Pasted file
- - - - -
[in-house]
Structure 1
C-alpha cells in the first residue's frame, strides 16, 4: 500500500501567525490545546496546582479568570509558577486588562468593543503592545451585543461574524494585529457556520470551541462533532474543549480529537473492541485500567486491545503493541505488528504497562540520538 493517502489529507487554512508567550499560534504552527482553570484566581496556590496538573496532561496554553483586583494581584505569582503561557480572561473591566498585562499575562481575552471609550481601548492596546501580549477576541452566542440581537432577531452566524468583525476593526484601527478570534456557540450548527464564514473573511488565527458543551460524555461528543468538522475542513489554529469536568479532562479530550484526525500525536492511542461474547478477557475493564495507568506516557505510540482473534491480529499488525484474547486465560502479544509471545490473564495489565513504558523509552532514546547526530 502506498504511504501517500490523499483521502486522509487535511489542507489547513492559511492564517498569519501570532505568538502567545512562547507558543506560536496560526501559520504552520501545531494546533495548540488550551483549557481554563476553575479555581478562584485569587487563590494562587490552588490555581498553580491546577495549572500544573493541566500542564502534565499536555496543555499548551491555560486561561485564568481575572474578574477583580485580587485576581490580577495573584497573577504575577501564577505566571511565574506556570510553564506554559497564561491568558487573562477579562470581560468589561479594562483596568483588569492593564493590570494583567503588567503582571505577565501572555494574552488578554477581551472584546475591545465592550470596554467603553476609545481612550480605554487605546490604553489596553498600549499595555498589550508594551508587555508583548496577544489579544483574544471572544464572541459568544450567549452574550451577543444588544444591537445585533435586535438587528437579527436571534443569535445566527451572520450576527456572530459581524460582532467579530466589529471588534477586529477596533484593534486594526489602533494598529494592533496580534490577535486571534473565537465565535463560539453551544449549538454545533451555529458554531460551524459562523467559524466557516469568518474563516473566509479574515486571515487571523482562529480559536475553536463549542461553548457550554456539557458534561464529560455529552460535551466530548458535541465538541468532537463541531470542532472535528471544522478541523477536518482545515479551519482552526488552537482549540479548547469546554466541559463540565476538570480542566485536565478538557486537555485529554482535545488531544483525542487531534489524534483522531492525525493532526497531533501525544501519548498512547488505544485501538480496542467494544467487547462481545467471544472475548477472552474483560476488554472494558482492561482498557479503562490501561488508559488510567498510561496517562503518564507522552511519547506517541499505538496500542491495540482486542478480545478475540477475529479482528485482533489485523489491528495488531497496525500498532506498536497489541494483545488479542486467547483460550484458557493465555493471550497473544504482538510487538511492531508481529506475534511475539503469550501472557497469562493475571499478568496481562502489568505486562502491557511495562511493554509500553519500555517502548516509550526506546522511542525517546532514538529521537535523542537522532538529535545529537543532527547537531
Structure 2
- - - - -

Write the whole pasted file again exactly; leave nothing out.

[in-house]
Structure 1
C-alpha cells in the first residue's frame, strides 16, 4: 500500500501567525490545546496546582479568570509558577486588562468593543503592545451585543461574524494585529457556520470551541462533532474543549480529537473492541485500567486491545503493541505488528504497562540520538 493517502489529507487554512508567550499560534504552527482553570484566581496556590496538573496532561496554553483586583494581584505569582503561557480572561473591566498585562499575562481575552471609550481601548492596546501580549477576541452566542440581537432577531452566524468583525476593526484601527478570534456557540450548527464564514473573511488565527458543551460524555461528543468538522475542513489554529469536568479532562479530550484526525500525536492511542461474547478477557475493564495507568506516557505510540482473534491480529499488525484474547486465560502479544509471545490473564495489565513504558523509552532514546547526530 502506498504511504501517500490523499483521502486522509487535511489542507489547513492559511492564517498569519501570532505568538502567545512562547507558543506560536496560526501559520504552520501545531494546533495548540488550551483549557481554563476553575479555581478562584485569587487563590494562587490552588490555581498553580491546577495549572500544573493541566500542564502534565499536555496543555499548551491555560486561561485564568481575572474578574477583580485580587485576581490580577495573584497573577504575577501564577505566571511565574506556570510553564506554559497564561491568558487573562477579562470581560468589561479594562483596568483588569492593564493590570494583567503588567503582571505577565501572555494574552488578554477581551472584546475591545465592550470596554467603553476609545481612550480605554487605546490604553489596553498600549499595555498589550508594551508587555508583548496577544489579544483574544471572544464572541459568544450567549452574550451577543444588544444591537445585533435586535438587528437579527436571534443569535445566527451572520450576527456572530459581524460582532467579530466589529471588534477586529477596533484593534486594526489602533494598529494592533496580534490577535486571534473565537465565535463560539453551544449549538454545533451555529458554531460551524459562523467559524466557516469568518474563516473566509479574515486571515487571523482562529480559536475553536463549542461553548457550554456539557458534561464529560455529552460535551466530548458535541465538541468532537463541531470542532472535528471544522478541523477536518482545515479551519482552526488552537482549540479548547469546554466541559463540565476538570480542566485536565478538557486537555485529554482535545488531544483525542487531534489524534483522531492525525493532526497531533501525544501519548498512547488505544485501538480496542467494544467487547462481545467471544472475548477472552474483560476488554472494558482492561482498557479503562490501561488508559488510567498510561496517562503518564507522552511519547506517541499505538496500542491495540482486542478480545478475540477475529479482528485482533489485523489491528495488531497496525500498532506498536497489541494483545488479542486467547483460550484458557493465555493471550497473544504482538510487538511492531508481529506475534511475539503469550501472557497469562493475571499478568496481562502489568505486562502491557511495562511493554509500553519500555517502548516509550526506546522511542525517546532514538529521537535523542537522532538529535545529537543532527547537531
Structure 2